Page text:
Maturity and curing of the bulb onions

Women pack onions into nets in Ortum, West Pokot County

Women pack onions into nets in Ortum, West Pokot County, before the produce is transported to other towns for sale. It is important for the onions to be sold once cured. 

Photo credit: File | Nation Media Group

Every crop has a cycle that has to be completed for it to be considered mature. Onions take three to four months to reach maturity.

This depends on variety and the environmental conditions the crop was grown.

In farmer Desmond’s case, the crop is almost mature since the leaves have started drying and he has achieved the desired bulb size. In this article, look at curing and the maturity indices of onions.

Maturity refers to the point at which the onion has reached its full size and has completed its growth cycle, hence ready for harvest.

The maturity of an onion can be determined by observing its tops or necks. As the onion grows and matures, the tops start to dry out and turn brown.

The necks of the onions also begin to soften and bend.

The onions are ready for harvest when the tops have completely dried out and the necks are soft and floppy.

When the bulbs have grown to the right size but leaves are still green, the farmer may decide to “neck” the onions.

Thoroughly dried

This is usually done by rolling a drum of water on the beds. It allows the onions to dry, thereby preparing them for storage.

If necking is not done properly, the onions will sprout after harvesting.

Size and shape also show how mature the bulbs are. Mature bulb onions are round or slightly flattened, and their size depends on type.

For example, some onion varieties are small, and others are large. This means the size of the bulb should be consistent with variety.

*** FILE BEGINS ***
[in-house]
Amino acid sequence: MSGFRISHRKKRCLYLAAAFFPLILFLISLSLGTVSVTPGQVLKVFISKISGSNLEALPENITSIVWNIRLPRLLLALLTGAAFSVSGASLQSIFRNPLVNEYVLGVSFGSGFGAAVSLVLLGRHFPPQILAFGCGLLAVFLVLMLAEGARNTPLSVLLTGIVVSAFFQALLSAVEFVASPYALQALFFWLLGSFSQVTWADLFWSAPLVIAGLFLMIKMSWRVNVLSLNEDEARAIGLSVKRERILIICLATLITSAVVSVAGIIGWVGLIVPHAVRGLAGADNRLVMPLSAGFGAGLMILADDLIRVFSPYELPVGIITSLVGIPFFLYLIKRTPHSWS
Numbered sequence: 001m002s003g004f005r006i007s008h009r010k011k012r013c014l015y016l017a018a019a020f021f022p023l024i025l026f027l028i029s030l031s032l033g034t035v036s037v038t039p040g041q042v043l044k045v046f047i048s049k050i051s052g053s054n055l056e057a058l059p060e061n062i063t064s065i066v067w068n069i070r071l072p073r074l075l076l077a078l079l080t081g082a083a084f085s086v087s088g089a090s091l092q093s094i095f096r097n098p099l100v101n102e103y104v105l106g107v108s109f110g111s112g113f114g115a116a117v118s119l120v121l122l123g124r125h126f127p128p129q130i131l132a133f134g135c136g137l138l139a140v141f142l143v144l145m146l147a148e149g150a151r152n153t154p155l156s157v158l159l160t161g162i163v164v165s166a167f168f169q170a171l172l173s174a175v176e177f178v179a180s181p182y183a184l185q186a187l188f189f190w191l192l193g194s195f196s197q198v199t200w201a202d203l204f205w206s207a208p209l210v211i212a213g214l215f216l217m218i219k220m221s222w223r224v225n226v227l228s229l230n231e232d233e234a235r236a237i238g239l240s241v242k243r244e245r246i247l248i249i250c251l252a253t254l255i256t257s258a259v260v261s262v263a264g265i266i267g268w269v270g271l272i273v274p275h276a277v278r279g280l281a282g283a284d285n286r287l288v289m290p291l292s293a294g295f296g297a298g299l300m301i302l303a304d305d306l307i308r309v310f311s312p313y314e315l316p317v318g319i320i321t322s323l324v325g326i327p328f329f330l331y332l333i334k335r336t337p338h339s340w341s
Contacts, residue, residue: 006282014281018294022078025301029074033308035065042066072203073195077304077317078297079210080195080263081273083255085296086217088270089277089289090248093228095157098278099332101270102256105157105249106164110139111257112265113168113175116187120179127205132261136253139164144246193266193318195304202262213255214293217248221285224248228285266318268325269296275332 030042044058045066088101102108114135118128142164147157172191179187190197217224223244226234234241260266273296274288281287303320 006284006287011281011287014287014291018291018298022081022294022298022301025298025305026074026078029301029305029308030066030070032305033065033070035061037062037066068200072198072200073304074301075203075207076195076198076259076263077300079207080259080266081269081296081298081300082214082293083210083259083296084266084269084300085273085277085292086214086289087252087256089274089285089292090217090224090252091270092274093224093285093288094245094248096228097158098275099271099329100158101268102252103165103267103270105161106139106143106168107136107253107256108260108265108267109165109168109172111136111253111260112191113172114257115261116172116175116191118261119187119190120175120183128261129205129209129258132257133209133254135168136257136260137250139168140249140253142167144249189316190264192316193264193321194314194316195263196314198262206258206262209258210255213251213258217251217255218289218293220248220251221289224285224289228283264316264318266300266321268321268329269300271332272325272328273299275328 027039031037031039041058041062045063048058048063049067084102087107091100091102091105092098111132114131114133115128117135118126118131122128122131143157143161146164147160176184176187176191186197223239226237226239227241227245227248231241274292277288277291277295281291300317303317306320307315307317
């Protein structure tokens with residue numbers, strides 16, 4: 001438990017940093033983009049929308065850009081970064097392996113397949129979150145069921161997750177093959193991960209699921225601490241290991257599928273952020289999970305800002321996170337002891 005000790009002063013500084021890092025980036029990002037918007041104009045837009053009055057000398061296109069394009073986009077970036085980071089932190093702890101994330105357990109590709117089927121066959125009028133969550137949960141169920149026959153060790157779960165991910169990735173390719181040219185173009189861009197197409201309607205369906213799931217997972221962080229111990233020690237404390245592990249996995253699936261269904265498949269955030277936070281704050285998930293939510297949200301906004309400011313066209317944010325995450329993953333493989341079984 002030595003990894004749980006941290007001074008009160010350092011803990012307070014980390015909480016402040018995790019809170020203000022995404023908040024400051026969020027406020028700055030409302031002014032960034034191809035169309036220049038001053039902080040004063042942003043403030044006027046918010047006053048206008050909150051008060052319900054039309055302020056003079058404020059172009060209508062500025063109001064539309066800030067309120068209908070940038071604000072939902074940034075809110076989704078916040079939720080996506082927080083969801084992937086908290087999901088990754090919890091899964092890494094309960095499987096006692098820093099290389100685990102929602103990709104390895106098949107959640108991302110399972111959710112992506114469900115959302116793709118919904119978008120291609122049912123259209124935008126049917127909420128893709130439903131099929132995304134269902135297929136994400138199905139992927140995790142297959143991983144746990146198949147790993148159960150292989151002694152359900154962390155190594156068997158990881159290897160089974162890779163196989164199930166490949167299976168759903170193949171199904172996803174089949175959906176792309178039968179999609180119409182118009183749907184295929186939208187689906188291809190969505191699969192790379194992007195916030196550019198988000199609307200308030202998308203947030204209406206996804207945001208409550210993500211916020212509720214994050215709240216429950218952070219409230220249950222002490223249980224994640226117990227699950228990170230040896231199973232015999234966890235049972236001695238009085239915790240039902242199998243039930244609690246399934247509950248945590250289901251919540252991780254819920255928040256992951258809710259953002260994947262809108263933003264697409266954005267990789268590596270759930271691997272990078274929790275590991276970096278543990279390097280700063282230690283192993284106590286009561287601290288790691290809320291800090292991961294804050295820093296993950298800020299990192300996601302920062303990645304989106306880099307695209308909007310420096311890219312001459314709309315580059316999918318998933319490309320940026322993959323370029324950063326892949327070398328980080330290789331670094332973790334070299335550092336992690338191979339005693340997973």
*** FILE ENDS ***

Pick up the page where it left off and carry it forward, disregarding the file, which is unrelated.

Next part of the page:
In addition, the skin of mature bulb onions should be papery, dry and brittle. The maturity period of the bulb differs with variety.

The onions must be cured after being picked in order to get them ready for storing. Curing is drying the onions to get rid of excess moisture on the outside.

This keeps the stored onions from going bad.

The onions should be stored in a well-ventilated space with low humidity and temperature of between 22 and 27 degrees Celsius for a week or two.

Curing allows the outer layers of the onion to dry and toughen, helping to seal the moisture and nutrients inside.

Curing is not required if the onions were thoroughly dried on the field.

After curing, the onions should be kept in a cool, dry and well-ventilated room for storage.

If stored in the right conditions, onions can remain good for months on end.

To avoid spoilage, it is important to regularly inspect the onions for any indications of rot or decay and remove any that are already beginning to go bad.

Since onions are sold in kilogrammes in Kenya, it is important for the farmer to sell his or her produce once cured, as continued storage results in weight loss.

In our next article, we shall look at the harvesting of the bulb onions.